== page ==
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House prices in Cambridge have risen at a faster rate than those in any other town or city in England and Wales since 2010, according to official data.
The Office for National Statistics has also revealed the growing north-south divide in property values.
The median price paid for a property in the city increased by 47% between the year ending in the second quarter of 2010 and the same period five years later.
During the same time period, prices in London rose by 38% and 37% in Crawley, West Sussex.
A spokesperson for Discount Landlord said: “Landlords wanting to add to their portfolio ahead of the stamp duty changes on April 1st could consider investing in Cambridge.
As a whole, there has been no definitive decline in rising house prices which means that a clever landlord could end up buying a property which continues to increase in value,” added the spokesperson.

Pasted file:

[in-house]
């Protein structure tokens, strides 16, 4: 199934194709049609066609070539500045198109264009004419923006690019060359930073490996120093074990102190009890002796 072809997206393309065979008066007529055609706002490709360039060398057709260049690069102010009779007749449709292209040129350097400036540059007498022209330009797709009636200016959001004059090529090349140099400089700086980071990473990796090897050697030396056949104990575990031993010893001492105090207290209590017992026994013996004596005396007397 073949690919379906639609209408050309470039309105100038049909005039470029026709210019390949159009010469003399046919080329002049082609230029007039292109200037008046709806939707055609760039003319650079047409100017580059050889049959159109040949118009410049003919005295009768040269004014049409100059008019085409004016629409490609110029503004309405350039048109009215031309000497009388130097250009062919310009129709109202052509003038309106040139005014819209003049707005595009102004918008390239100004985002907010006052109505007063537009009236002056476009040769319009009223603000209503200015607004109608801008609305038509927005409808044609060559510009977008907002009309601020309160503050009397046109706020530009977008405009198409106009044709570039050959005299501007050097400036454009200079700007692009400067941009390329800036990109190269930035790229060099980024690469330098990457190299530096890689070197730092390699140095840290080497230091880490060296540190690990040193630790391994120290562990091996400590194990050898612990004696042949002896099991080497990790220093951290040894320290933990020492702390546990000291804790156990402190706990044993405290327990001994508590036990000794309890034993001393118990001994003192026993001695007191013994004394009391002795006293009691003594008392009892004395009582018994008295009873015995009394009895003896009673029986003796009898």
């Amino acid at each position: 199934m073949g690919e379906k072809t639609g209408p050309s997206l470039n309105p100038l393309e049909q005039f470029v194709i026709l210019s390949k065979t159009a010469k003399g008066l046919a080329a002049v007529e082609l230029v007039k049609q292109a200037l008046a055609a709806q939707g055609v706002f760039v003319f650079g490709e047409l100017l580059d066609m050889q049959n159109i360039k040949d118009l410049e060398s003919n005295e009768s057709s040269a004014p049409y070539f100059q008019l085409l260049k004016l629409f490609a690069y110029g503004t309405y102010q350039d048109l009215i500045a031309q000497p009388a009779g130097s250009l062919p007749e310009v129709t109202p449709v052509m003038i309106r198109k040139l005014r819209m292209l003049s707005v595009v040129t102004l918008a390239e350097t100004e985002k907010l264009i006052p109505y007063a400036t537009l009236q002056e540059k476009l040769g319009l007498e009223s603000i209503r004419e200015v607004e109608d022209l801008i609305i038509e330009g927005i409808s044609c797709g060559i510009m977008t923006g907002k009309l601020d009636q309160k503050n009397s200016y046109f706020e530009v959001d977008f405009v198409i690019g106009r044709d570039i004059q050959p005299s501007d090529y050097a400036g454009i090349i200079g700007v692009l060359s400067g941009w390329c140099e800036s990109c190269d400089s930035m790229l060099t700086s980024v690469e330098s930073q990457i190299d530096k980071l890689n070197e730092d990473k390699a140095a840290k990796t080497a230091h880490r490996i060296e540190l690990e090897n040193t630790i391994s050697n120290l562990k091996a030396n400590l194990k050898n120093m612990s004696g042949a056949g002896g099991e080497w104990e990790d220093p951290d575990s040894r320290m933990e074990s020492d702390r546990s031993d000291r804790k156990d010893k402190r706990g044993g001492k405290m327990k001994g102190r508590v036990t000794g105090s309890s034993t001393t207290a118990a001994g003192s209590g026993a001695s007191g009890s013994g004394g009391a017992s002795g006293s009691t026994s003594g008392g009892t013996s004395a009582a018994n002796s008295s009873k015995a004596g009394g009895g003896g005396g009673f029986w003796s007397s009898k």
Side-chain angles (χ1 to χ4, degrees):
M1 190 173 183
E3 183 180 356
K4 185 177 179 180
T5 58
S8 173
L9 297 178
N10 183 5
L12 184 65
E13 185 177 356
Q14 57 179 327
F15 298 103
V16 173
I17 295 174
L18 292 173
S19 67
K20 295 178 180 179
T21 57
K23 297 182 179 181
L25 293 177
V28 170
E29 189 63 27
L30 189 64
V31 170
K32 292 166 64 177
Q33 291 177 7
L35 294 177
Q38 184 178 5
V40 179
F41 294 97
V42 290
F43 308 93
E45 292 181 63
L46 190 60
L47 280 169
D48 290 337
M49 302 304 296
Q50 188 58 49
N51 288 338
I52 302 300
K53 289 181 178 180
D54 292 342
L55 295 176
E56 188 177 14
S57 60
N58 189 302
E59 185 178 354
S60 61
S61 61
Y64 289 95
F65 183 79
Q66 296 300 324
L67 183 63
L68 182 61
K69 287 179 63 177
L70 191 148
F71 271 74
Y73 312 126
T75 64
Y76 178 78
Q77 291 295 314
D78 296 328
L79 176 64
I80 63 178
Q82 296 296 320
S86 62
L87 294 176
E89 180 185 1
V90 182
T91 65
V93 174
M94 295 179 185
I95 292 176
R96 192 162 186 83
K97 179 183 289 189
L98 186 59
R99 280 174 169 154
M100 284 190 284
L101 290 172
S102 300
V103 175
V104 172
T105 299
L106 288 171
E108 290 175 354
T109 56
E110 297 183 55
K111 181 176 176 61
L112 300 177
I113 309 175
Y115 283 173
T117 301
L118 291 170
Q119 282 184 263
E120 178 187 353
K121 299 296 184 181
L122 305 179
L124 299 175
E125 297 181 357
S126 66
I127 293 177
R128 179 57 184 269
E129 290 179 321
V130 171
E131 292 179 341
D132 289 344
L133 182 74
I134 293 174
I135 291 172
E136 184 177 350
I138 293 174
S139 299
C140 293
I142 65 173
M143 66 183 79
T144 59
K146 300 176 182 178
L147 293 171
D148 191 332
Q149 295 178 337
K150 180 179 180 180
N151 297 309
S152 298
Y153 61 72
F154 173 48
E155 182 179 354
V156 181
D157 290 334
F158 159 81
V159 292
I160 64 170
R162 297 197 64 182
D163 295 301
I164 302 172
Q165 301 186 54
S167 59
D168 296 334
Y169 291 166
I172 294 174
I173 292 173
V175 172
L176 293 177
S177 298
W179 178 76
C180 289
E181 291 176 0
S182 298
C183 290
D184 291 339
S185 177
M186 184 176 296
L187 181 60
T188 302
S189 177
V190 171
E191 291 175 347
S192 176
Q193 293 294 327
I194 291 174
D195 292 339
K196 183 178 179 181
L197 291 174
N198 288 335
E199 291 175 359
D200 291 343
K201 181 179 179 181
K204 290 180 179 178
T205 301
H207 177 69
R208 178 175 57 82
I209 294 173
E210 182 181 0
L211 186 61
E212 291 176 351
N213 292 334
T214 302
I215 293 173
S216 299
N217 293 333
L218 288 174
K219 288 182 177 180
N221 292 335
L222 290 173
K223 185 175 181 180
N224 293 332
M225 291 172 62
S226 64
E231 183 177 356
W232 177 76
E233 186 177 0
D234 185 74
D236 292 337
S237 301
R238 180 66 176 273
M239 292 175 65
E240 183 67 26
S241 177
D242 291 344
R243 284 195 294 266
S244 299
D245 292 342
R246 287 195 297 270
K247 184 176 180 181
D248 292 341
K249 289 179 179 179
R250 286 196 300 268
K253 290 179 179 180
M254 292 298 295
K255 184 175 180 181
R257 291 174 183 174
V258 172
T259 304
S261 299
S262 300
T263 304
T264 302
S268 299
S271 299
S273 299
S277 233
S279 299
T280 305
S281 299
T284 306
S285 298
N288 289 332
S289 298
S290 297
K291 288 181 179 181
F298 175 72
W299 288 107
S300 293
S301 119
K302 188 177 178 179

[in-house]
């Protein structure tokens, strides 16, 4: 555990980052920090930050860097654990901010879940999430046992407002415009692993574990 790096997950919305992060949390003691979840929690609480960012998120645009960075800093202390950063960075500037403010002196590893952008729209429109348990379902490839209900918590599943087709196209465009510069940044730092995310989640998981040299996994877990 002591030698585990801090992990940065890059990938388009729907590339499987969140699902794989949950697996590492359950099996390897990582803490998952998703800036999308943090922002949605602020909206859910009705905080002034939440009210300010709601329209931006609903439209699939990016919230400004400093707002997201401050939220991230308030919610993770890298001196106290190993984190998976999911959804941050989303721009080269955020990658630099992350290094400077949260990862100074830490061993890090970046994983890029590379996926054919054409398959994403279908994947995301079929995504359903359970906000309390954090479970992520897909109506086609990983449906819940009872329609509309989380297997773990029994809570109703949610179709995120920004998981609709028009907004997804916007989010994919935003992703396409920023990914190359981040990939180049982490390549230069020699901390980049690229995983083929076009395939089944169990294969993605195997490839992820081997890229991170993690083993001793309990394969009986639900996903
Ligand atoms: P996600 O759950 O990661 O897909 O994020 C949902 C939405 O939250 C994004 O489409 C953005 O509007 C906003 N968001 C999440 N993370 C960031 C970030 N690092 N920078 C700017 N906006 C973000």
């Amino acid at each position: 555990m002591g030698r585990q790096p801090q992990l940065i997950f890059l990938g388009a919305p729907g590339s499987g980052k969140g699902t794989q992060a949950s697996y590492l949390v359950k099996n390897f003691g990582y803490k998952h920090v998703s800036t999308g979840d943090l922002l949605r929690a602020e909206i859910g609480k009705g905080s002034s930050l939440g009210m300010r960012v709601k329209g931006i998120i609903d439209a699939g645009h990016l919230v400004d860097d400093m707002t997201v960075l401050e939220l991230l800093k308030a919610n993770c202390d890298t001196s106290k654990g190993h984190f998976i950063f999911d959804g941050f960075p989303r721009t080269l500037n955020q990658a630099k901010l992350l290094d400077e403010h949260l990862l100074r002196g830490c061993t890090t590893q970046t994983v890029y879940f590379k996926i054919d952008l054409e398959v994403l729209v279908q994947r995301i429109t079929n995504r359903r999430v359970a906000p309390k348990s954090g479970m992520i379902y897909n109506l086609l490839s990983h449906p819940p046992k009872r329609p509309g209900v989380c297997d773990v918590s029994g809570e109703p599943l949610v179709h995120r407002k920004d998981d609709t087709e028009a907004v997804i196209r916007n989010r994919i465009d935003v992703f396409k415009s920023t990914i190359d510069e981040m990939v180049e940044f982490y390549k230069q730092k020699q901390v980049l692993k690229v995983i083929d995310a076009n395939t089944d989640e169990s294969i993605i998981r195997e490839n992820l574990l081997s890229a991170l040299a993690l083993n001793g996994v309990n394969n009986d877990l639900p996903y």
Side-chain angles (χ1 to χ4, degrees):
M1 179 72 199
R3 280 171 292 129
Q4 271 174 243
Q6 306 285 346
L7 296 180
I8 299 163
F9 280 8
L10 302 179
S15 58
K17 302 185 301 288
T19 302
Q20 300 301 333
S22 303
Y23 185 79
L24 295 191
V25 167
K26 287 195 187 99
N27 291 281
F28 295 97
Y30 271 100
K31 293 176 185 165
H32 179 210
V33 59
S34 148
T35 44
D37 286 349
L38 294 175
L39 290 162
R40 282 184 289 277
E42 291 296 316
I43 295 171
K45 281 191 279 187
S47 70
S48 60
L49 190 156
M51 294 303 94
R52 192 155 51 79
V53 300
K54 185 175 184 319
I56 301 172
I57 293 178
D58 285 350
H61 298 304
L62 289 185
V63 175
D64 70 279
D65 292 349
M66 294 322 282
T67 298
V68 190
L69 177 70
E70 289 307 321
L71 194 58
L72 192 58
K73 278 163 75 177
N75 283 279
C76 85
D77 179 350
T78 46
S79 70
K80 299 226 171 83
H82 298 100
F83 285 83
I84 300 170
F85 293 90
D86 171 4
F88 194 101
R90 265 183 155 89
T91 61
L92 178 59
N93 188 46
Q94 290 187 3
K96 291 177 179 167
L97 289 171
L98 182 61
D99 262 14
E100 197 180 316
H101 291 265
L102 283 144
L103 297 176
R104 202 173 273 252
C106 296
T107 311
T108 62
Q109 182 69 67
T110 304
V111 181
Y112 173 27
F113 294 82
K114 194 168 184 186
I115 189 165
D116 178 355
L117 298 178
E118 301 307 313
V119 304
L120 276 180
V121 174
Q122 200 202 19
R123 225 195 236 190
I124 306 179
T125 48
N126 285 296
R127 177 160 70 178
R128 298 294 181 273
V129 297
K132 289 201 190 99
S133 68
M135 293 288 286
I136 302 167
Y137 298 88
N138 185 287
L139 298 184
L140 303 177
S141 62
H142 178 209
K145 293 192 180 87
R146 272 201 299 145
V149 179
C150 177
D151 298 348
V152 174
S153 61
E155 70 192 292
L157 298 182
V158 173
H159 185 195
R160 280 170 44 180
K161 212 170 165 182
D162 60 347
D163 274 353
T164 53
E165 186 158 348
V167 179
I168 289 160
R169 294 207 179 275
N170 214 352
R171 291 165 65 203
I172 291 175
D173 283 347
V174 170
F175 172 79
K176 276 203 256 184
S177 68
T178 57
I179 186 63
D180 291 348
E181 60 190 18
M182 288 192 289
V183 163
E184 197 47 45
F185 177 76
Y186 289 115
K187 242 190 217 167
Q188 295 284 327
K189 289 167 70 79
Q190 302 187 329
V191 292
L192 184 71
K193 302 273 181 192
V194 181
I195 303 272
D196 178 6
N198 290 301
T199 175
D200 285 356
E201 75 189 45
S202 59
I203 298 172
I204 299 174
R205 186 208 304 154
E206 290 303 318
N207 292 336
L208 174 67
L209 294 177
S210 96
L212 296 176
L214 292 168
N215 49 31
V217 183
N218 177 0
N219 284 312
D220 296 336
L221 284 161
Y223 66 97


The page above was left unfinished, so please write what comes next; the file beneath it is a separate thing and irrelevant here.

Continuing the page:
The median price of a property in Cambridge is currently £360,000 which is higher than anywhere in England and Wales except London and St Albans.
The median price for a property in London is £380,000 and £390,000 in St Albans which is a popular area for commuters as rail links mean workers can be in the capital in just 20 minutes.
Homebuyers in 32 towns and cities in England and Wales paid at least £200,000 for a property last spring, ONS figures show.
On the other hand, the lowest median prices were found in Oldam (£95,000) and Burnley (£78,000).
Jonathan Hopper, managing director of Garrington Property Finders, said properties in Cambridge “have been selling within days – or even hours – of coming on the market.”
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